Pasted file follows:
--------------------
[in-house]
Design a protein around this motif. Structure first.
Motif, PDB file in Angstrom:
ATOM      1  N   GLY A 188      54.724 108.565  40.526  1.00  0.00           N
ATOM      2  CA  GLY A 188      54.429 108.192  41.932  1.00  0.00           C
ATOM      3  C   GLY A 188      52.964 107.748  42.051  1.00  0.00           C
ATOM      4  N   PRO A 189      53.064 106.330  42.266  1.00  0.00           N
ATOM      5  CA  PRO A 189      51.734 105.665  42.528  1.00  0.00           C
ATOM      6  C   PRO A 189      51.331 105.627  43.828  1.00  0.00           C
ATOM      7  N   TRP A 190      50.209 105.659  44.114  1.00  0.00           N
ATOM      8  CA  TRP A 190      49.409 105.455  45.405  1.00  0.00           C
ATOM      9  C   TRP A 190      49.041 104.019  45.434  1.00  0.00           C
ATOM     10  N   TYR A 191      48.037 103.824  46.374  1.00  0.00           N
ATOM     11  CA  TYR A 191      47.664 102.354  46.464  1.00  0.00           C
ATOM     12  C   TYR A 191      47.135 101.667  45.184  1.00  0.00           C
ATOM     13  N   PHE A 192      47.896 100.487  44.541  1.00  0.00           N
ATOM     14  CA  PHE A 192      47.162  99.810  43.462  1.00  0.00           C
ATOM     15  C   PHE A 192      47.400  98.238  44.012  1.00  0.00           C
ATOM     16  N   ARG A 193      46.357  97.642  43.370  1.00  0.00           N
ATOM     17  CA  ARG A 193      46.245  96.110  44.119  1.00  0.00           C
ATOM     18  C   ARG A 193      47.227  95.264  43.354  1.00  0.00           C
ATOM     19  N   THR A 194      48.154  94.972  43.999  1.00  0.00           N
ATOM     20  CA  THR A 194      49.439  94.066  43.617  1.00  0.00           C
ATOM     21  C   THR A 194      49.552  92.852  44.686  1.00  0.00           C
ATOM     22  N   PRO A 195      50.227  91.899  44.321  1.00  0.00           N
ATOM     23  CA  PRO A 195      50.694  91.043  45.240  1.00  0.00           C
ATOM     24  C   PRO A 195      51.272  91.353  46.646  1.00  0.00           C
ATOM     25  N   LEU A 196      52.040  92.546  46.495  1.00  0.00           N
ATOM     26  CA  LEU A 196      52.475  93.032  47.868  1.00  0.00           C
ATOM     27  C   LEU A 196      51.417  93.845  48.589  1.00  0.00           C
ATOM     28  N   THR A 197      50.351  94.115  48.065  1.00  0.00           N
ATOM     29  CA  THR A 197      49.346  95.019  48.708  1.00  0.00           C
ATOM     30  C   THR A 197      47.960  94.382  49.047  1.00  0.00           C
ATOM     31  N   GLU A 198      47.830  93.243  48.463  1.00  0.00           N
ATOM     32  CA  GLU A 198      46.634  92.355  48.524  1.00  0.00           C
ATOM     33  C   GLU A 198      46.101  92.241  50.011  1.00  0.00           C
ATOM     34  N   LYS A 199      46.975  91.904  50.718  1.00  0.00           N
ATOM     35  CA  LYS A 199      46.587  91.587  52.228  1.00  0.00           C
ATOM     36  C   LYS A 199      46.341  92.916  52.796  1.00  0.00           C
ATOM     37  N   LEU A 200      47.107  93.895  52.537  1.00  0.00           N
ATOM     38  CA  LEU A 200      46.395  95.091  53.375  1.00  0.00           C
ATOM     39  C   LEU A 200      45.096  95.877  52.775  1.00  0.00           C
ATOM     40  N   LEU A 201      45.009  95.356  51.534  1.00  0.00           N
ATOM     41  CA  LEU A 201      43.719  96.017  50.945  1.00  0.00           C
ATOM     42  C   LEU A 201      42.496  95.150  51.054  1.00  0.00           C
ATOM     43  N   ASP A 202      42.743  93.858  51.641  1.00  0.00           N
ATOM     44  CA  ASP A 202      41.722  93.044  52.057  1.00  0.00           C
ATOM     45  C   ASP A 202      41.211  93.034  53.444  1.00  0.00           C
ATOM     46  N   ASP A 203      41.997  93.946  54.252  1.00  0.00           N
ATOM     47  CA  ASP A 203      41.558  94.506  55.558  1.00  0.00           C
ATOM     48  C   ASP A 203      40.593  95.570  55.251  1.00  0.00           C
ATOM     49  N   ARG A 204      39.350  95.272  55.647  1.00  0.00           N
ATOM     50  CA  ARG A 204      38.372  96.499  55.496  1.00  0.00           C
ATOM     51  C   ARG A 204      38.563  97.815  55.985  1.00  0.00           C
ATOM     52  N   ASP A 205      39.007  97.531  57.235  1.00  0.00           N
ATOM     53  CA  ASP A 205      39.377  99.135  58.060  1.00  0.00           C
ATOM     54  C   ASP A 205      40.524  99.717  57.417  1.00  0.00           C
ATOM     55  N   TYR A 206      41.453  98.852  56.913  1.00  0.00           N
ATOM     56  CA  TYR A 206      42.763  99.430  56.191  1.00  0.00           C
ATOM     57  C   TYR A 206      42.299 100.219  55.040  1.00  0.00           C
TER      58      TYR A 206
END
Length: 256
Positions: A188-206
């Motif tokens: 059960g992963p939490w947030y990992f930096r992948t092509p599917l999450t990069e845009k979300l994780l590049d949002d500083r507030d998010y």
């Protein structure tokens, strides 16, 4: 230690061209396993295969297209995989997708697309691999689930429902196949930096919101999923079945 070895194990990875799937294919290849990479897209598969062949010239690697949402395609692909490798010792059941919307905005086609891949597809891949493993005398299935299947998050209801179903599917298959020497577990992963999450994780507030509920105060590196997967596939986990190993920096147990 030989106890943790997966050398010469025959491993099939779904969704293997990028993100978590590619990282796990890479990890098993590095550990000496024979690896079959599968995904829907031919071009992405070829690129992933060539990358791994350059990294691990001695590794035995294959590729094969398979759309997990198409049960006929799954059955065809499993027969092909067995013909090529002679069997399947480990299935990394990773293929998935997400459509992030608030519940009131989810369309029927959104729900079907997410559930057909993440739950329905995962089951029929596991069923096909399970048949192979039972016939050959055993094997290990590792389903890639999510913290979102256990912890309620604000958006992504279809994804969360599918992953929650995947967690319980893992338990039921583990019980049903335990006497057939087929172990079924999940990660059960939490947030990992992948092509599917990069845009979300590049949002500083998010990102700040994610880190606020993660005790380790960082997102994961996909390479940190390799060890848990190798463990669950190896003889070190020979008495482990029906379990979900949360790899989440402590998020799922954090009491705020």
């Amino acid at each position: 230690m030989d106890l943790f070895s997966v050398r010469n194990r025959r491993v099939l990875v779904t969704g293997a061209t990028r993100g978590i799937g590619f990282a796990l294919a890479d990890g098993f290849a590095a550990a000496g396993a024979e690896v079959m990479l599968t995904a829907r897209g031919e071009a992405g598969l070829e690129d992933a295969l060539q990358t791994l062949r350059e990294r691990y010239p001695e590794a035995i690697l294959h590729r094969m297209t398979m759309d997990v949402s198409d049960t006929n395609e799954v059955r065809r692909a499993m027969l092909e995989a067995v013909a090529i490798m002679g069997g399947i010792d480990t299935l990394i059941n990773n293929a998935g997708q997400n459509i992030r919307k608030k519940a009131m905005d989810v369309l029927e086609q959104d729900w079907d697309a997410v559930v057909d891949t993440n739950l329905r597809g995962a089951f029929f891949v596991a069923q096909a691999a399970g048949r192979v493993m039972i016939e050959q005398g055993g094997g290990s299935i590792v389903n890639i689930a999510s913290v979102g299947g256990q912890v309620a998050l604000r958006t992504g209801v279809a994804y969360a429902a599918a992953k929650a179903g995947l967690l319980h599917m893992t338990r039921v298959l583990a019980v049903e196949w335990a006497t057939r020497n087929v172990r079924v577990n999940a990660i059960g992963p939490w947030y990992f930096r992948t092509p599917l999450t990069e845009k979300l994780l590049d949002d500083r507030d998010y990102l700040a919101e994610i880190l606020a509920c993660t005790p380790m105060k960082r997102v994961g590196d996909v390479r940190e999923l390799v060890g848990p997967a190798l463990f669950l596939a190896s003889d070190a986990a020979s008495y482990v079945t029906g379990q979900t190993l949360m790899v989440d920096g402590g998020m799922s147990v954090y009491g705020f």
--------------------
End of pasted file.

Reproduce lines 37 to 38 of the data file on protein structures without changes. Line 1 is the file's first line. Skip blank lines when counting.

ATOM     34  N   LYS A 199      46.975  91.904  50.718  1.00  0.00           N
ATOM     35  CA  LYS A 199      46.587  91.587  52.228  1.00  0.00           C